Do Governance Institutions Matter for Trade Flows between Sub-Saharan Africa and its Trading Partners?
Adeolu O. Adewuyi and
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Ebenezer Olubiyi: University of Ibadan
Working Papers from African Economic Research Consortium, Research Department
This study analyses the role of governance institutions in trade involving Sub-Saharan Africa (SSA) and its trading partners. Specifically, the objectives of this study are to: investigate the effect of institutions on trade between SSA and its trading partners; and examine whether governance institutions matter more for trade in SSA resourcepoor countries (or non-mineral products) than for trade in resource-rich countries (or mineral products). Based on a combination of strands of literature on the subject matter, we used a modified gravity model to analyse the objectives highlighted above. Using data spanning 1996 to 2014, empirical analysis involves estimating variants of gravity equations using the modified Poisson pseudo maximum likelihood estimation approaches. Empirical results show that not all governance variables matter for trade between SSA and its partners. Whether it matters or not depends on countries’ resource endowment, the pattern of trade and the direction of trade. Trade between SSA and developed countries (especially imports) is driven significantly by governance institutions, particularly the bureaucratic quality and compliance with law and order. Such importance of governance institutions could not be established in trade between SSA and Asia, which are both developing economies. Furthermore, governance institutions matter more for trade in non-mineral products than for trade in mineral products. The interaction of tariff with governance variables produced some results which suggest that inadequate governance institutions reflected in poor implementation of tariff policy may increase trade costs, thus reinforcing the negative effect of tariff on trade. Some policy recommendations were articulated to improve governance institutions in SSA to promote trade with its trading partners.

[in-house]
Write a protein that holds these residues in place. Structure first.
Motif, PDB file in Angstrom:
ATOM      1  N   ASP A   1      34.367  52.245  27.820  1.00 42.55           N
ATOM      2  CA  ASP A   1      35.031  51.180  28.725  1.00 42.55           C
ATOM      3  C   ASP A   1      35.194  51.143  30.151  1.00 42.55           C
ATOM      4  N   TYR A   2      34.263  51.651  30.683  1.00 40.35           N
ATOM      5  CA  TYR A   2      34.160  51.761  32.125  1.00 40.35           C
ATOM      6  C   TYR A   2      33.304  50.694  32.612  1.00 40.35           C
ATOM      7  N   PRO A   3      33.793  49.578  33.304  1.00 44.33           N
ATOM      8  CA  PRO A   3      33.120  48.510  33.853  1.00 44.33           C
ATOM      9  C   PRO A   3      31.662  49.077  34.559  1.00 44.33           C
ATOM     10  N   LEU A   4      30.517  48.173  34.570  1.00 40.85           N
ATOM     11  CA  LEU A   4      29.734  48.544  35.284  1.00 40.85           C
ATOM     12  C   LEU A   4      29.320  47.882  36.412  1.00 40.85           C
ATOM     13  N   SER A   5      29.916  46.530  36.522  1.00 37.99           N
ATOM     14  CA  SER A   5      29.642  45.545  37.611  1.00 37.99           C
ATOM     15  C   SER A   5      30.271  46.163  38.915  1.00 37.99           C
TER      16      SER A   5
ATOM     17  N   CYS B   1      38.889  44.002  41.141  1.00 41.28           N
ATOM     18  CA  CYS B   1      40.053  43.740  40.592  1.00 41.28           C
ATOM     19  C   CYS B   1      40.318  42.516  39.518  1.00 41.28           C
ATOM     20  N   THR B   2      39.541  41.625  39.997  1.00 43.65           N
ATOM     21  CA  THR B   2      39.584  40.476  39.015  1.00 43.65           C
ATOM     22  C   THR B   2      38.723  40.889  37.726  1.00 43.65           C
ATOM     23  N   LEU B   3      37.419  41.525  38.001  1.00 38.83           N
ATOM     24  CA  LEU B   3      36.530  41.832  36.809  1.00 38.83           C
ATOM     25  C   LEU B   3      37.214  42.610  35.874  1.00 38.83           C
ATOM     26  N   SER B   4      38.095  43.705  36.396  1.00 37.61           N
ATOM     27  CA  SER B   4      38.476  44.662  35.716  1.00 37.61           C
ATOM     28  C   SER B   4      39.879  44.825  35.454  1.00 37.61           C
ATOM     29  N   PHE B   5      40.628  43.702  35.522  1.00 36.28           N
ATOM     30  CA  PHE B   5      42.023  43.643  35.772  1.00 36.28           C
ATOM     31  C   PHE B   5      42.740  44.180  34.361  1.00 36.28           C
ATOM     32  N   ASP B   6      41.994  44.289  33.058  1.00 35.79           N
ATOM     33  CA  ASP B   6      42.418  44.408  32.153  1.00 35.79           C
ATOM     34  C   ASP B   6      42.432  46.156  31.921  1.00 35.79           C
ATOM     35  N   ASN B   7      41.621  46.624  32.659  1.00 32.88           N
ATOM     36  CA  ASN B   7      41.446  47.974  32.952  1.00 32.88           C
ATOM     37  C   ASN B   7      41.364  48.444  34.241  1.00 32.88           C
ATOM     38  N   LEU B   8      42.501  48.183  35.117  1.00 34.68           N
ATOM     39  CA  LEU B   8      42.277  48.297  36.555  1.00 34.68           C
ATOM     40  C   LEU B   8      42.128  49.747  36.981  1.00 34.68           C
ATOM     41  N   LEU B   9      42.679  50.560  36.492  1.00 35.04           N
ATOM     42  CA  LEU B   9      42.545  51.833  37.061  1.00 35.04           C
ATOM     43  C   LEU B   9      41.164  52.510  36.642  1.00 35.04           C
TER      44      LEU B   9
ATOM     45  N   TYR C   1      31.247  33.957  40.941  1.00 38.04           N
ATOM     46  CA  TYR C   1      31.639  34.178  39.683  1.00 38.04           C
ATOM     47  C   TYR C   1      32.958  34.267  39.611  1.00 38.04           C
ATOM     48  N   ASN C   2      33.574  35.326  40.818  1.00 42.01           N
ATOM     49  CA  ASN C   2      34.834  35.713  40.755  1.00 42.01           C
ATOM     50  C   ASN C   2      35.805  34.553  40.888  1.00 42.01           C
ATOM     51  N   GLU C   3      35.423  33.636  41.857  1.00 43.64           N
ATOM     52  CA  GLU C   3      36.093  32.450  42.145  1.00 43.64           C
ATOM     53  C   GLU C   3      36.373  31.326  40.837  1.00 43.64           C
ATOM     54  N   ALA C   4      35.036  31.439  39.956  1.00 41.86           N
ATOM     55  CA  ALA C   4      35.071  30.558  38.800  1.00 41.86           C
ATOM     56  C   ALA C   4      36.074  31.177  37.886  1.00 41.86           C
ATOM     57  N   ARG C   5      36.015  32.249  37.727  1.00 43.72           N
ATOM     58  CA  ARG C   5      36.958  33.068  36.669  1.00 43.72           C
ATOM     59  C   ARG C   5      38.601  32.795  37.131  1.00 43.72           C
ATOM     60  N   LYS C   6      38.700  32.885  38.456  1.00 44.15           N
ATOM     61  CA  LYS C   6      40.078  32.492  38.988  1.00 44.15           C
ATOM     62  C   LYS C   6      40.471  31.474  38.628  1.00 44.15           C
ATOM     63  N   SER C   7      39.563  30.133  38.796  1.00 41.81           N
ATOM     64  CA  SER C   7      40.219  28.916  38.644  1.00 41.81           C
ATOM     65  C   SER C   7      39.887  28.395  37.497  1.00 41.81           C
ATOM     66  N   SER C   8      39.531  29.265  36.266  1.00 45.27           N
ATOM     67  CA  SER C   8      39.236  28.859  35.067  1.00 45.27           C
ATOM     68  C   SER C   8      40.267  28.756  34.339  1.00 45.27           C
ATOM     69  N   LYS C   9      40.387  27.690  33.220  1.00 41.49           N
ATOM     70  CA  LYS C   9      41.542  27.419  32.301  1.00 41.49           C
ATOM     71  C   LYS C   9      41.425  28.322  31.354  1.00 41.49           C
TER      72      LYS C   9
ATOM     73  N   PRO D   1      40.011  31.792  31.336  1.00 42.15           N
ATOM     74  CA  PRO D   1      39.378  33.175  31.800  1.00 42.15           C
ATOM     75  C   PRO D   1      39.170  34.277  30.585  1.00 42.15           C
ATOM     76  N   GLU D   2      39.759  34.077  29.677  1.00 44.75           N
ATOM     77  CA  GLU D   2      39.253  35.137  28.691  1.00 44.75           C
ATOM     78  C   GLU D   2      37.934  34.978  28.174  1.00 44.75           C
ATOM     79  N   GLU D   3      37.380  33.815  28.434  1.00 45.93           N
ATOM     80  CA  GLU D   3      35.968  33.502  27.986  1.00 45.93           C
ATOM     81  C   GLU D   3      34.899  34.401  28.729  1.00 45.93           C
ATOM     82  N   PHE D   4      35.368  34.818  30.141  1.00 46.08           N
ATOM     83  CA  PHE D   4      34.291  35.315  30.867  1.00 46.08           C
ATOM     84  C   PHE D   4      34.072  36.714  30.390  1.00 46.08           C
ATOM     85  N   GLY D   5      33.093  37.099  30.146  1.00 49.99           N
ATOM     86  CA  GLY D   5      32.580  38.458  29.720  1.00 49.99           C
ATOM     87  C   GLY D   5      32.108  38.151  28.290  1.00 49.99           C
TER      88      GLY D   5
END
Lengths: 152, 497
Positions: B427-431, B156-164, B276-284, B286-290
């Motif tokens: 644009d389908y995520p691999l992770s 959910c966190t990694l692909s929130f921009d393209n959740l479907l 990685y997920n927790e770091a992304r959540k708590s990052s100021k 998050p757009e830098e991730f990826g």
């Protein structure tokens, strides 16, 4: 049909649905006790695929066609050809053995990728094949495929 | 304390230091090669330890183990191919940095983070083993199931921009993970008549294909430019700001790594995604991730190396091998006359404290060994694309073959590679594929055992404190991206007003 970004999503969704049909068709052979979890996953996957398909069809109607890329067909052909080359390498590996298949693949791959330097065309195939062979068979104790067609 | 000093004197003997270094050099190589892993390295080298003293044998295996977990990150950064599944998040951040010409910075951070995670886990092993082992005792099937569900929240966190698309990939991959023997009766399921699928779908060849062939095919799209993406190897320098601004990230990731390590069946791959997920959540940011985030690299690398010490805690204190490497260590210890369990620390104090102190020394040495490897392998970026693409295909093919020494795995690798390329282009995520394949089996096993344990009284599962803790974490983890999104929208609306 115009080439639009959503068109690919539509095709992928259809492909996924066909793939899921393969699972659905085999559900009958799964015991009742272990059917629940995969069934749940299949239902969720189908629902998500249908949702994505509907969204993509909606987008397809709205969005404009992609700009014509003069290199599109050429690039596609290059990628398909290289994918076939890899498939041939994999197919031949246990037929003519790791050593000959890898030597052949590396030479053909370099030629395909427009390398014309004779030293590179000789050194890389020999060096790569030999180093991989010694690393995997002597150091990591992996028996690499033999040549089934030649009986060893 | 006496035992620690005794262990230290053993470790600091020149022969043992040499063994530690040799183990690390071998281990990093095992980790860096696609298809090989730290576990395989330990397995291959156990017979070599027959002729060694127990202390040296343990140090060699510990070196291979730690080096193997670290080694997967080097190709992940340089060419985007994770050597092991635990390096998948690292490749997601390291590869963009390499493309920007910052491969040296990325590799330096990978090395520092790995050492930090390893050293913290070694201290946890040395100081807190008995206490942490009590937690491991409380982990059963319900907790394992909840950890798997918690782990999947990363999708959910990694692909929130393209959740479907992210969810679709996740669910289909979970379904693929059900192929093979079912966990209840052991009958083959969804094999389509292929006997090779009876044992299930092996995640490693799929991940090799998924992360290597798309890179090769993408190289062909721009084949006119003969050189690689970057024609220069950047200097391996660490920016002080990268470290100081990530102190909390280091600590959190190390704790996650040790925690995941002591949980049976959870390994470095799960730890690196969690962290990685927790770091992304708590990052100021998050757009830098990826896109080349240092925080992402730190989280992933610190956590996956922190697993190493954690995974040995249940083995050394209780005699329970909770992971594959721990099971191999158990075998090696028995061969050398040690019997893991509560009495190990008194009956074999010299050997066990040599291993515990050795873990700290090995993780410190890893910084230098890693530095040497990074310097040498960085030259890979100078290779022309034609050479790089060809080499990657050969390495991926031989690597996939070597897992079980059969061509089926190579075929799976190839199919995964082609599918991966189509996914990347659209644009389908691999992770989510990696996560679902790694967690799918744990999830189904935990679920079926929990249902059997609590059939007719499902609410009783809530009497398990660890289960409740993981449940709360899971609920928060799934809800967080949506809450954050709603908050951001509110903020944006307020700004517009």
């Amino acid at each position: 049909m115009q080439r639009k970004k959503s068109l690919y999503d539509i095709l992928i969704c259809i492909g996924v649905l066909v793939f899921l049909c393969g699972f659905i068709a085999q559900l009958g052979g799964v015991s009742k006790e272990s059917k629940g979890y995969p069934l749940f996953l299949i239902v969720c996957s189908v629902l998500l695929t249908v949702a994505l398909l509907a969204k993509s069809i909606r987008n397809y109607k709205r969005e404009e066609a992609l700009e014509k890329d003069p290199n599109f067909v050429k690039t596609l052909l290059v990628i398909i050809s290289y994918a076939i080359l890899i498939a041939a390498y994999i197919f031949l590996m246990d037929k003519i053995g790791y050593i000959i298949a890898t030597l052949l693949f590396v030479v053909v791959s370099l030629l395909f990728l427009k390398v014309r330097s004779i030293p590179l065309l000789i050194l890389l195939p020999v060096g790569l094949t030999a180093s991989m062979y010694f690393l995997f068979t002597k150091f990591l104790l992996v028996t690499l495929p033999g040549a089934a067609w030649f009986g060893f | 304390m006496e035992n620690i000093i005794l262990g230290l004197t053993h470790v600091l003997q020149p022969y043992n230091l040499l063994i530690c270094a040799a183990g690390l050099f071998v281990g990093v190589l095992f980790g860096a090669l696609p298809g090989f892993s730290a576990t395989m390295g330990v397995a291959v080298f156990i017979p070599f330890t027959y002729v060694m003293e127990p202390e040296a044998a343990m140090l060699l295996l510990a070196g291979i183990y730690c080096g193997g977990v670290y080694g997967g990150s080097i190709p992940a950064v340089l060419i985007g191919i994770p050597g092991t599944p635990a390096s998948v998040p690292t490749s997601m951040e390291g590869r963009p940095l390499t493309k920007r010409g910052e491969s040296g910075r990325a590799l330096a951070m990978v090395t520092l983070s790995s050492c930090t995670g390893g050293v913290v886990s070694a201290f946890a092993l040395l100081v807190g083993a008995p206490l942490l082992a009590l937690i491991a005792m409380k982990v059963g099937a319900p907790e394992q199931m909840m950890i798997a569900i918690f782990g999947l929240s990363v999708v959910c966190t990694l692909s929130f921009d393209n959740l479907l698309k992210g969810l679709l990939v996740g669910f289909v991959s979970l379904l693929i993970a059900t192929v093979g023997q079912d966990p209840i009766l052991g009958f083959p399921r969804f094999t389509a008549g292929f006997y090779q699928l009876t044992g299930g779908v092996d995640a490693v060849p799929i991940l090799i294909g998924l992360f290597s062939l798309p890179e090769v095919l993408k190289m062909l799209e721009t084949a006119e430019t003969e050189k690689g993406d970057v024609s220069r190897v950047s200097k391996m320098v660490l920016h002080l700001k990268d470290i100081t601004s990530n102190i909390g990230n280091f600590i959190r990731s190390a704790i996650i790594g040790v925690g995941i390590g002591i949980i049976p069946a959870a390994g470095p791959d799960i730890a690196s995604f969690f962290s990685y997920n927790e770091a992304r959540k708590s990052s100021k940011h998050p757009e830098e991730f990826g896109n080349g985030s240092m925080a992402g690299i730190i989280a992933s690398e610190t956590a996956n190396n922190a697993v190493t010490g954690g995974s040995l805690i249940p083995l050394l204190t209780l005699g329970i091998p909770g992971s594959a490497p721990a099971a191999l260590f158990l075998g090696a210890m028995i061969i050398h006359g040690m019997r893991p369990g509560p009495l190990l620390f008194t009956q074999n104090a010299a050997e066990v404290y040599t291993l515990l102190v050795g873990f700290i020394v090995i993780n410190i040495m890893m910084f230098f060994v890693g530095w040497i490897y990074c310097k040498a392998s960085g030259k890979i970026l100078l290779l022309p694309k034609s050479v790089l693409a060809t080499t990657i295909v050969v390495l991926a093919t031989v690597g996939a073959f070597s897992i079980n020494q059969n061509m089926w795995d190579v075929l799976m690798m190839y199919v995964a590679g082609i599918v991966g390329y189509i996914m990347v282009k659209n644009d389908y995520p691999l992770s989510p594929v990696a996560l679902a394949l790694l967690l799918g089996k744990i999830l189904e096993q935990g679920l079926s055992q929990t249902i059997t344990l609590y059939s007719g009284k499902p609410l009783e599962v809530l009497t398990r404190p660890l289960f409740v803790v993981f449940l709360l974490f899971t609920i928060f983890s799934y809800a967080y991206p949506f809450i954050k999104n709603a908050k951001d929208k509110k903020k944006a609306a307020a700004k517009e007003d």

New Economics Papers: this item is included in nep-afr, nep-dev and nep-int
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Persistent link: https://EconPapers.repec.org/RePEc:aer:wpaper:376
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